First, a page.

[originally published in Rave magazine , Brisbane 14/06/05]
“This song’s called Wednesday Night Can Suck My Fucking Dick!” spits out Tremors singer Geoff ‘Geoffro’ Corbett. It seems the Curse of the Midweek Opener will strike indiscriminately, even filing down the legs of Brisbane’s premiere show ponies. Almost on cue, ring-in drummer Peter Kostic slices his stick through the snare and Dan ‘Babe’ Baebler uncoils his A-string, but their shaky jalopy is rescued from the scrapheap by guest driver Gentle Ben (looking more like a cadaverous Bryan Ferry with each passing year) for a stirring duet of “Loving You”. A valium effort on everyone’s part.
Southern Culture took to the stage with the kind of confident swagger that only two decades of entertaining rubes in honkytonks can produce. After their incredible church-burning, chicken-licious Chelsea gig in ’98, I imagined any follow-up would fall a poor second. Fuck me, was I proved wrong; even if Wednesday (the traditional brown end of the week) was their Australian tour opener after a 24 hour haul from North Carolina, SCOTS tore through almost two hours of early numbers like Come And Get It and Mudbuggy through to selected tracks off the fantastic new Mojo Box. If the crowd is a humpin’, this band is pumping, and the almost-capacity Zoo audience gave back as good as they got.
Touring for the first time in years as a stripped-back three piece, the SCOTS sound is unbelievably full. Singer/guitarist Rick Miller, looking innocent enough with bony knees protruding from Baden Powell shorts, never ceases to amaze with his frenzied tremelo echoing over stand-up drummer Dave Hartman’s immaculate tom-work and surf rolls. The real star of the show however was and always will be the Tiki Goddess, Mary Huff. She was like a gum-chewing Miss Yvonne from Pee-Wee’s Playhouse (according to Pee-Wee Herman, “the most beautiful woman in the world!”), a radiant vision of pure Sixties glamour. At times visibly wilting under her mountainous polyethylene wig, and clad in spangled stockings and cowgirl boots, she acted like she was barely breaking a sweat, and I suspect could tear your heart and break a bottle over your head in one deft motion. Mary: the offer of marriage is still valid (sorry ladies).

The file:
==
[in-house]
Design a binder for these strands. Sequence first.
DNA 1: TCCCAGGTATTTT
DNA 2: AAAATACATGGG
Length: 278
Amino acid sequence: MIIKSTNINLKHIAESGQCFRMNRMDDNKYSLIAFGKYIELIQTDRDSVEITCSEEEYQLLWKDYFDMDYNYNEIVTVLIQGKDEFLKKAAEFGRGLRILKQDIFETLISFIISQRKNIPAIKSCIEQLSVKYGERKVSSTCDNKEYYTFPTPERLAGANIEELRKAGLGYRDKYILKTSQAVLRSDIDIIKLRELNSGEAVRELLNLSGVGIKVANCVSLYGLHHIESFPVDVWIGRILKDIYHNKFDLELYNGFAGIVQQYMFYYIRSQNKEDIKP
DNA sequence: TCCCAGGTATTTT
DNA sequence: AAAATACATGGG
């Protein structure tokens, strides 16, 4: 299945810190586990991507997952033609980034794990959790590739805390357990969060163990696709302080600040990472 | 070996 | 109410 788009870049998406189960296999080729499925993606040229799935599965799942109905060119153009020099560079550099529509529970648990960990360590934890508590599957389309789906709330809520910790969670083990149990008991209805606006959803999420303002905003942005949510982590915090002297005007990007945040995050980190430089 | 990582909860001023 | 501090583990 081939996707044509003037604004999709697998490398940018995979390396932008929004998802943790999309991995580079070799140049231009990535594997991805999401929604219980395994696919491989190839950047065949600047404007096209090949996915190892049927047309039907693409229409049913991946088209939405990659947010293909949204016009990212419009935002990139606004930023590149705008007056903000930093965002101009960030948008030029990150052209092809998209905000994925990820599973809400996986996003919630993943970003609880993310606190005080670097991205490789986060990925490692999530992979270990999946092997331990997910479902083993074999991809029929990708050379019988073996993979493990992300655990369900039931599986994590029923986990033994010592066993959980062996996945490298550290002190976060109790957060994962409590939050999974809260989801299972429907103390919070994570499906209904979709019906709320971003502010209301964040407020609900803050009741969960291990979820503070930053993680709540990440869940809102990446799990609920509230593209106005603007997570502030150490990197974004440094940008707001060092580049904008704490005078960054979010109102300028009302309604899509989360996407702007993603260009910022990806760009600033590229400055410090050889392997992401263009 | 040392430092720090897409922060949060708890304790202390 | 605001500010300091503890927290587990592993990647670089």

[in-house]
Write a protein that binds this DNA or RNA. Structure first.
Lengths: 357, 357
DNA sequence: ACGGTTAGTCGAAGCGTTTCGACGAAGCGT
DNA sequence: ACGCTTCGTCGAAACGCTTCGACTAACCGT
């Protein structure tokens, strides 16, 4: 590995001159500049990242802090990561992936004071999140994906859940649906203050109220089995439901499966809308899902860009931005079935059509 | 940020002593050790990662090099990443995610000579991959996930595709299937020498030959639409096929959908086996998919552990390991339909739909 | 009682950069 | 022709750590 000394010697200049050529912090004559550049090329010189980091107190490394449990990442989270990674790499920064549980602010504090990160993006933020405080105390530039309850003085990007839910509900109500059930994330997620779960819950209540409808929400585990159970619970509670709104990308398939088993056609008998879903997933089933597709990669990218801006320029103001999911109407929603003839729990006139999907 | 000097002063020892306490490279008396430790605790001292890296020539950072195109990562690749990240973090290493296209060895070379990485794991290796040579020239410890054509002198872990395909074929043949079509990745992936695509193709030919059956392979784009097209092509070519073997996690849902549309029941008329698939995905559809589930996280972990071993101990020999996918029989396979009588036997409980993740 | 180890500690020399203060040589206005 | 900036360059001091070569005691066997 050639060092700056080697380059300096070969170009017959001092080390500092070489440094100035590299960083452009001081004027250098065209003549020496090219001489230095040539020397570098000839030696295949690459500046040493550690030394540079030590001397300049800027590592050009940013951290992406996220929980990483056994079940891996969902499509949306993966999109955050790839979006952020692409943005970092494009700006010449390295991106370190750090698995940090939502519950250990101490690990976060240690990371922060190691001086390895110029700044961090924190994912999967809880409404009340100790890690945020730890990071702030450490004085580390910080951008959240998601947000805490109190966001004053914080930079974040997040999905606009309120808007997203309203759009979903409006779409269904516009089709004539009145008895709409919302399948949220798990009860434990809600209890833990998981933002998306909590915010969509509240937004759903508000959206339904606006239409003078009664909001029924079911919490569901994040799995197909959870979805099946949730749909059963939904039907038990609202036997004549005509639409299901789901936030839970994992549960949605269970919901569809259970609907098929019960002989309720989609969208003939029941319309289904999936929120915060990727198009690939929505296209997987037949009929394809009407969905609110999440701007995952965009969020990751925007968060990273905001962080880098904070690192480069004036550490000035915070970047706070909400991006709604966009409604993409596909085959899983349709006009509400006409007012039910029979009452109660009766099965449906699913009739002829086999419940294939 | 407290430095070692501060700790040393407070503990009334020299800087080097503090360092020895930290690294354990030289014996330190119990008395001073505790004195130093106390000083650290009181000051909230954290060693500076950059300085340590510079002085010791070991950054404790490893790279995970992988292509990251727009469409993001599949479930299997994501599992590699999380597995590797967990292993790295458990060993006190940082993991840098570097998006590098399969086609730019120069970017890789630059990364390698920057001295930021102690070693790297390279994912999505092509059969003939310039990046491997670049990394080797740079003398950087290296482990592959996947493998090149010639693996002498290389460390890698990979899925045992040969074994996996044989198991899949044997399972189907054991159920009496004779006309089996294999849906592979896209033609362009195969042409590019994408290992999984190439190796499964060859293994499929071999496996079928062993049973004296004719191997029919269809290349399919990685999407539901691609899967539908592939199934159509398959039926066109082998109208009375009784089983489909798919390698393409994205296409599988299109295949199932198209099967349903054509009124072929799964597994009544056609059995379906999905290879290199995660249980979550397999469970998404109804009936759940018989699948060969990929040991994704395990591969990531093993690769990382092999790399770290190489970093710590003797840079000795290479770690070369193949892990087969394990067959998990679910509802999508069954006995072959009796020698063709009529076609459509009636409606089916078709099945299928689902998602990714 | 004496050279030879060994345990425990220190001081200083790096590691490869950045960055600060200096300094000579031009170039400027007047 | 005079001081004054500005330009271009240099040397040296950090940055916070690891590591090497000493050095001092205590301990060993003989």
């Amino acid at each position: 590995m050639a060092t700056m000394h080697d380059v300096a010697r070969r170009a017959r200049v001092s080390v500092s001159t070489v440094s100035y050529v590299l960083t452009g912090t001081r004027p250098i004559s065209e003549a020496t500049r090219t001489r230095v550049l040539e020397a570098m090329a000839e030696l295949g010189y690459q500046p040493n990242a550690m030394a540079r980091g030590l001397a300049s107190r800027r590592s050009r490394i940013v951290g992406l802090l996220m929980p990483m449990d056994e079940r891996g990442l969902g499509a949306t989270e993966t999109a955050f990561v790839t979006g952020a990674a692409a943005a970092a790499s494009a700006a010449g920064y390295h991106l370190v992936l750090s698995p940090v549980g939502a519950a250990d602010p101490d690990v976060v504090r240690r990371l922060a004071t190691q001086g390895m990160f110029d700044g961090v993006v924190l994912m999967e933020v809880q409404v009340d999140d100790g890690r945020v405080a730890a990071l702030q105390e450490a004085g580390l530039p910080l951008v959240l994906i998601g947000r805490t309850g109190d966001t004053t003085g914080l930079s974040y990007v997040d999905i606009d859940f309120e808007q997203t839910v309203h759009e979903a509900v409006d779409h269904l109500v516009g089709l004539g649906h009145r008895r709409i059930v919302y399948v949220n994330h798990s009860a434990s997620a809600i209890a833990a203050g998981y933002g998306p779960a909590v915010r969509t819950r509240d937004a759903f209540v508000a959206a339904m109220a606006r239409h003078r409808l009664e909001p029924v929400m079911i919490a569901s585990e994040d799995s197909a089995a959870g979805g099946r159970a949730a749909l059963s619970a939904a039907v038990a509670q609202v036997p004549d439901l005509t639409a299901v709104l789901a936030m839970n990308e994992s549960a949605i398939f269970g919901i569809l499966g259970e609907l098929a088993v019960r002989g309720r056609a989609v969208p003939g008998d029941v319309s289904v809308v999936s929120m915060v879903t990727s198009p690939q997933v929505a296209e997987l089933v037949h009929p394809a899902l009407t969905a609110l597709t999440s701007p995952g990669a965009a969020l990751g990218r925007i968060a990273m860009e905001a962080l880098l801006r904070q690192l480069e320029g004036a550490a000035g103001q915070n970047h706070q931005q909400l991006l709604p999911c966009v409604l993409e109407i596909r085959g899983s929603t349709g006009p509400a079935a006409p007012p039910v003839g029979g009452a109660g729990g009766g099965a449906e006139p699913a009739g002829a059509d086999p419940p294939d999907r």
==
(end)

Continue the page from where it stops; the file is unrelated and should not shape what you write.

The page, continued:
They hit the encore on its head with their best-known tune Camel Walk and then kept going - and going! - much to the audience’s delight. Guests galore included Geoffro in a wresling mask for Viva El Santo! (recalling Sixfthick’s glorious Mutant Mexican nights) and one Judy Jetson doing a frenetic twirl during Daddy Was A Preacher But Mama Was A Go-Go Girl. After feeding off the audience for most of the set, it was time for Southern Culture to give a little back – “Eight Piece Box” starts and out came the line of dancing girls, chowing down on the contents of a cardboard coffin of by-now-cold KFC (hubba hubba!). Personal fetishes aside, it was magical to watch a room of Brisbane hipsters melt into one huge collective smile. Ah, the eternal power of rickety-roll.